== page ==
962 F2d 17 Hotchkiss v. Director Office of Workers' Compensation Programs United States Department of Labor
962 F.2d 17
Ruth Lucille HOTCHKISS, widow of Neal G. Hotchkiss, Petitioner,
DIRECTOR, OFFICE OF WORKERS' COMPENSATION PROGRAMS, UNITED
STATES DEPARTMENT OF LABOR, Respondent.
United States Court of Appeals, Tenth Circuit.
April 28, 1992.
NOTICE: Although citation of unpublished opinions remains unfavored, unpublished opinions may now be cited if the opinion has persuasive value on a material issue, and a copy is attached to the citing document or, if cited in oral argument, copies are furnished to the Court and all parties. See General Order of November 29, 1993, suspending 10th Cir. Rule 36.3 until December 31, 1995, or further order.
Before EBEL and BARRETT, Circuit Judges, and KANE,* District Judge.
ORDER AND JUDGMENT**
BARRETT, Circuit Judge
After examining the briefs and appellate record, this panel has determined unanimously that oral argument would not materially assist the determination of this appeal. See Fed.R.App.P. 34(a); 10th Cir.R. 34.1.9. The case is therefore ordered submitted without oral argument.
Petitioner Ruth Lucille Hotchkiss, widow of Neal G. Hotchkiss (the miner), petitions this court to review the decision of the Benefits Review Board upholding the administrative law judge (ALJ)'s denial of benefits to Petitioner under the Black Lung Benefits Act, 30 U.S.C. § 901 et seq. Petitioner argues that the ALJ failed to afford her the applicable presumptions under the Act and failed to adequately interpret and weigh certain evidence in her favor. We reject Petitioner's contentions and affirm.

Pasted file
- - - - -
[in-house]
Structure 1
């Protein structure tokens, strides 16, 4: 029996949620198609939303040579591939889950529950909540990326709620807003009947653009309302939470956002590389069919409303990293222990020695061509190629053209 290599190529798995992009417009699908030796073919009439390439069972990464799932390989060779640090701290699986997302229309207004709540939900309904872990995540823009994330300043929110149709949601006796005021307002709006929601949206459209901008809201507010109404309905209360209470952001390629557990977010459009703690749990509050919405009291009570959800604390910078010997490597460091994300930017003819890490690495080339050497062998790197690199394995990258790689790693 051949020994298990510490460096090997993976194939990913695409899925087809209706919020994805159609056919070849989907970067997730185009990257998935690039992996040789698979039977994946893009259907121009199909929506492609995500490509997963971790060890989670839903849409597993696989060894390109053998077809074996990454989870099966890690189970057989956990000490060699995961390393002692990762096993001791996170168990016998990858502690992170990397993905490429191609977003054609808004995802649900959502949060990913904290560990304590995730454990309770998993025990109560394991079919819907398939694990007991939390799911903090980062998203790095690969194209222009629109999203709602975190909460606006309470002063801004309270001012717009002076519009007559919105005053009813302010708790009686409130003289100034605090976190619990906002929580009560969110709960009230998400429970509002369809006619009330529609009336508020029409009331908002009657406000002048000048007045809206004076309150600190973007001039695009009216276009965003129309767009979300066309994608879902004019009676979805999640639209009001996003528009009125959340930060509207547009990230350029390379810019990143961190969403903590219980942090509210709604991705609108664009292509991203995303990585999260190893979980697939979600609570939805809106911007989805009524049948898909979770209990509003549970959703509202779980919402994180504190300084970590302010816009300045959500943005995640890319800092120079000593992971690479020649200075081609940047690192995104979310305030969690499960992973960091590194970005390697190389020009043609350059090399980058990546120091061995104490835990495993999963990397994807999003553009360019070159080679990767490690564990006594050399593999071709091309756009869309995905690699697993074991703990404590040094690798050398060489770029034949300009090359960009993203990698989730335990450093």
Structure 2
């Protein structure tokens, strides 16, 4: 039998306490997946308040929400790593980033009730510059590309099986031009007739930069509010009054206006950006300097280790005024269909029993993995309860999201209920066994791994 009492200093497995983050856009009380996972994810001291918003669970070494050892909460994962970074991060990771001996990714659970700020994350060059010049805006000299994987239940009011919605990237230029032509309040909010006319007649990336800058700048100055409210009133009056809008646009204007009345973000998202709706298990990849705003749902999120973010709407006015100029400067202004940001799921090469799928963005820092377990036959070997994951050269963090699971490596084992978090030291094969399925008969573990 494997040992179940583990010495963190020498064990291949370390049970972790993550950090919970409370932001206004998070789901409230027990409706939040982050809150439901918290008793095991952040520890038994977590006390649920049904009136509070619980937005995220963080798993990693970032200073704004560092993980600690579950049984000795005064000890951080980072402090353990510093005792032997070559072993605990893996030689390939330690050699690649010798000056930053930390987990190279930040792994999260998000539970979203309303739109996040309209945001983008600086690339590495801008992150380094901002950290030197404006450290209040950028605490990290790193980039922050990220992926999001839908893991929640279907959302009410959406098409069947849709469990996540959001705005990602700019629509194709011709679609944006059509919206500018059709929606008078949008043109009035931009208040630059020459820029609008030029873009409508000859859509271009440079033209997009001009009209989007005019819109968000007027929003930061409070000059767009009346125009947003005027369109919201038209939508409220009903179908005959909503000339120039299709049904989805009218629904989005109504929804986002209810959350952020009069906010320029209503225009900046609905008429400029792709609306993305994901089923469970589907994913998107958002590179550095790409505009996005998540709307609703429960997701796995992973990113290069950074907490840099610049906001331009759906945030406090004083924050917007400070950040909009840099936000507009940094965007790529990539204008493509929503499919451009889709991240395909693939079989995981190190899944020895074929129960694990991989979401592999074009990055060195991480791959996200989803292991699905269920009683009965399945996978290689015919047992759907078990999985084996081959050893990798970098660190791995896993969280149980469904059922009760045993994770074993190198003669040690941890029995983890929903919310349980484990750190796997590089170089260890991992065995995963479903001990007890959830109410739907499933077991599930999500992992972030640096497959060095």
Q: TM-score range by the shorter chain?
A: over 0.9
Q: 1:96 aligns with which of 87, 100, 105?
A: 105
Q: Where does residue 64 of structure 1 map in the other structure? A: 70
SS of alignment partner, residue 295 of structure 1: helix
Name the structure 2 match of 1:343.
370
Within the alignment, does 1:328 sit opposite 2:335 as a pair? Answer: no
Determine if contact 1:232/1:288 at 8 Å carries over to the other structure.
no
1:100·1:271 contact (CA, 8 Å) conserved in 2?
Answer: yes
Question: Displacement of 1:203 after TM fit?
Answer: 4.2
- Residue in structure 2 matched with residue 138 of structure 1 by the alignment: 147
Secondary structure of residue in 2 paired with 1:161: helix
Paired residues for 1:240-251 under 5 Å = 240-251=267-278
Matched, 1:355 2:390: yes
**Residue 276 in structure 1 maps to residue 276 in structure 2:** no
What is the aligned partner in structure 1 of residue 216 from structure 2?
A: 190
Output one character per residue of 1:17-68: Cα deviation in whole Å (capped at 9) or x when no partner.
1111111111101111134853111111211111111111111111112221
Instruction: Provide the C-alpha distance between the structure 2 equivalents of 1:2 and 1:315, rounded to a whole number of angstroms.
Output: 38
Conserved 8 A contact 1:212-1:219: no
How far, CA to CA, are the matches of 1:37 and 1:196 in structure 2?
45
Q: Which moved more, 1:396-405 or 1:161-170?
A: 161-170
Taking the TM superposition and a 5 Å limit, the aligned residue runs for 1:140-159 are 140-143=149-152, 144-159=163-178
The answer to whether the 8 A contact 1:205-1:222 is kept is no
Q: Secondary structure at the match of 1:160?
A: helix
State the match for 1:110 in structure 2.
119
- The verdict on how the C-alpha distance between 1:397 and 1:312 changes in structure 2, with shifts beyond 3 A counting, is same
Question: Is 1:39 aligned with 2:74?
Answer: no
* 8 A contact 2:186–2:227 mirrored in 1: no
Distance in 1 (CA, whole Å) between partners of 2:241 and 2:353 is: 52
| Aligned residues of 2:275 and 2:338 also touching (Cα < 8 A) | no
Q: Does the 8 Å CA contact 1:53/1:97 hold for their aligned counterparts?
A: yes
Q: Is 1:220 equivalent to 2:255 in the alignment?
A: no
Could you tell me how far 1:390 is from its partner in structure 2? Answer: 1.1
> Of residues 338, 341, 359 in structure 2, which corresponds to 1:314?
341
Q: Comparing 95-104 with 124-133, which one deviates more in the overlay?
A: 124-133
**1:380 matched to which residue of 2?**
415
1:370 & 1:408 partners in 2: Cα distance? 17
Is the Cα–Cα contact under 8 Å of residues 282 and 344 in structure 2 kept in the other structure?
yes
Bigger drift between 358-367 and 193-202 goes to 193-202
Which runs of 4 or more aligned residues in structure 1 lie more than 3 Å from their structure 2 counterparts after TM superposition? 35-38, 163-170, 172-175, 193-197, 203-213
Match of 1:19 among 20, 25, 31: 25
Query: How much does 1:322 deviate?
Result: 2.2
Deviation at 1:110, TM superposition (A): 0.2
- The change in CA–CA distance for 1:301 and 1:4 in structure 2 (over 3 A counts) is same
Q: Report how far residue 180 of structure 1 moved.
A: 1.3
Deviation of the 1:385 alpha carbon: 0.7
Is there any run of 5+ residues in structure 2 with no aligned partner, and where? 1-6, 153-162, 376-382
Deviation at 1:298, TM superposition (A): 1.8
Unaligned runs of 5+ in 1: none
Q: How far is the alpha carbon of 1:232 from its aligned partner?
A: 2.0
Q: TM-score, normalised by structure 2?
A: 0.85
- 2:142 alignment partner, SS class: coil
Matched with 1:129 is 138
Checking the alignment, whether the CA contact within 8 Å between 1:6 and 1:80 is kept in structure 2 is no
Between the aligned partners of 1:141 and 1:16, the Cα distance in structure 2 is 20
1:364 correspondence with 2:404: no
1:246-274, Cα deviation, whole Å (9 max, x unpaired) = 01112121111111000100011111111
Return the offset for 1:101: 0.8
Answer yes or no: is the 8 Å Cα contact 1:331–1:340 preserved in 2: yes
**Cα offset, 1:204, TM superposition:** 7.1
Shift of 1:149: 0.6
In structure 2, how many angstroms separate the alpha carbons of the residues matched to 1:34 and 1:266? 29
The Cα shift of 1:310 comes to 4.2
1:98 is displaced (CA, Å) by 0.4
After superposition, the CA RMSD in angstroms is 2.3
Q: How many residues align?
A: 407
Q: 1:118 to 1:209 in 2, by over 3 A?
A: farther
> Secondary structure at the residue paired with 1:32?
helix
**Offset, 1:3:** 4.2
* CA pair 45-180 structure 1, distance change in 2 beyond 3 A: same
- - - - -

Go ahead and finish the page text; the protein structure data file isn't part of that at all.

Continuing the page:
The miner worked in coal mines from 1932 until 1954. He applied for benefits under the Act on November 28, 1972, May 18, 1978, and April 19, 1982. All three claims were denied.
After the miner's death on July 4, 1982, Petitioner wrote to the Department of Labor requesting advice as to whether certain documents would substantiate the miner's third claim. The Department responded that the evidence failed to substantiate that the miner's disability was related to his coal mine employment. Petitioner took no further action on any of the miner's claims. She filed her own survivor's claim in September 1986.
Benefits under the Act are provided to "eligible survivors of a miner whose death was due to pneumoconiosis." 20 C.F.R. § 718.205(a). For claims filed on or after January 1, 1982, death is considered to be due to pneumoconiosis if: 1) competent medical evidence establishes that death was due to pneumoconiosis; 2) pneumoconiosis was a substantially contributing cause or factor leading to death or the death was caused by complications of pneumoconiosis; or 3) the presumption in 20 C.F.R. § 718.304 applies. 20 C.F.R. § 718.205(c)(1)-(3). Survivors are not entitled to benefits where the miner's death was caused by a medical condition unrelated to pneumoconiosis "unless the evidence establishes that pneumoconiosis was a substantially contributing cause of death." 20 C.F.R. § 718.205(c)(4).